I have waited a short while before posting my findings on these strings; usually I get excited and rave about a new discovery, but my enthusiasm wanes fairly quickly.
I have been delighted with the Argento strings. I splurged on the more expensive green label 99% set, which comes with two sets of trebles - one rectified, one clear.
I put the clear trebles on my Antonio Sanchez 1026 Cedar/Walnut, paired with the Argento basses. I have really enjoyed the results. I like some of the qualities of nylgut, and I like the clear, bell-like sounds of Mari trebles, and Aquila Cristallo, but the La Bella 202 nylons are my favourite so far. They seem to have a lot of the qualities of other strings, but stated more subtly - and the tension, not what I would call that high, seems just about right for me (although that may also have to do with the pieces am playing at the moment). I like the basses; they are not as over-ringy as I thought they might be, with some nuances of tone which I enjoy, and I do like the way they seem to work with the trebles. I am not convinced that the 'pure' silver approach is necessarily any better just because it's expensive or exclusive, but I will certainly keep going with them for now. I might compare with a set from the red label Argento.
I put the rectified trebles on my Asturias A80 cedar/rosewood, paired with Aquila Cristallo NT basses (the same basses as I think are found in the NT Alabastro, Zaffiro, and Rubino sets). The tension of the rectified trebles, which is slightly higher than with the clear 202 nylon, seems a happy match with NT Aquila. To me the sound is quite different, but quite delightful. In accord with another fairly recent post, the incidental noise of the trebles seems less obvious than with other rectified trebles, and the sound has a sort of authentic quality, made all the more striking by the almost 'dusty' feel to the strings on the right hand. The texture allows for a different right hand technique, using some more purchase to pull certain notes in a certain way - which I have been finding very satisfying. The Nylgut basses have a more throaty, bass quality to them, which also seems to have landed nicely next to these trebles.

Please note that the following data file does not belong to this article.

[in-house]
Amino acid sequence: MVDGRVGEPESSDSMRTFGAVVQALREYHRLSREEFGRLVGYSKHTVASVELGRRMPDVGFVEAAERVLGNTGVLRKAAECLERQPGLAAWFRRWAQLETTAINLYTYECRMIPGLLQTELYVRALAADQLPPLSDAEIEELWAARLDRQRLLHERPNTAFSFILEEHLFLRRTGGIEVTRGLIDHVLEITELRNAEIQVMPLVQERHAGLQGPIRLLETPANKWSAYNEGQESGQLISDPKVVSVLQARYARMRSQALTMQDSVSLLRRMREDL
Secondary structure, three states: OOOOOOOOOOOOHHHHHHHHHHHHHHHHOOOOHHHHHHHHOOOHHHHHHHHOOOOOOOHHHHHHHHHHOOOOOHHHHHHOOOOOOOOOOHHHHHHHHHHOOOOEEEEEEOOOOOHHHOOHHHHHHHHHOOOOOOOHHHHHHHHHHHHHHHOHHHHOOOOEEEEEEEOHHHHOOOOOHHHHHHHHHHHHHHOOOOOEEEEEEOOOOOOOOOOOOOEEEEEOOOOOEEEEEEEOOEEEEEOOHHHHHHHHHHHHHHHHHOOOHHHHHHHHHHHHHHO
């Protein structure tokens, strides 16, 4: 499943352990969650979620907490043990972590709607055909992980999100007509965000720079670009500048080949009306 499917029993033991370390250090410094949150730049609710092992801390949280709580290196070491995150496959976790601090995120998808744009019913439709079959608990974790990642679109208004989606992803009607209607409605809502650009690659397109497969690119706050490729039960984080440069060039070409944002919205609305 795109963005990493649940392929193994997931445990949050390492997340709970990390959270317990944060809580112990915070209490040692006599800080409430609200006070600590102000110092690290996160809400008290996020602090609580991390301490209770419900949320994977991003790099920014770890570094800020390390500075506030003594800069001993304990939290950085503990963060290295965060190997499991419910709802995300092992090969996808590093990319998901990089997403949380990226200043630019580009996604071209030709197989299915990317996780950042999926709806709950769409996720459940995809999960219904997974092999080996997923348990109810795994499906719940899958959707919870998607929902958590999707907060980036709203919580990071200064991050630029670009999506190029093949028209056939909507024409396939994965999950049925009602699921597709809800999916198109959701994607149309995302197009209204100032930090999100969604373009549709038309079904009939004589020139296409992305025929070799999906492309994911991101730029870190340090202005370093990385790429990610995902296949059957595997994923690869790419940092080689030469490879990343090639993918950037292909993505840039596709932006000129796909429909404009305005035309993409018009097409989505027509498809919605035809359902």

So, while they were expensive, I effectively found new voices for two guitars with one set, and they are sufficiently different in quality for me to feel like I have two distinct instruments to hand. And for once, I don't seem to have found strings I like while thinking, 'Nice, but I think what would be even better...' - sometimes, I think, changing strings before I've had the best out of the current set up. I am happy with the way both guitars are sounding, and I'm looking forward to hearing the sound continuing to develop.
Free sheet music for classical guitar -
Delcamp.org Publications -
Choice of classical guitar strings and technical issues connected with their use.
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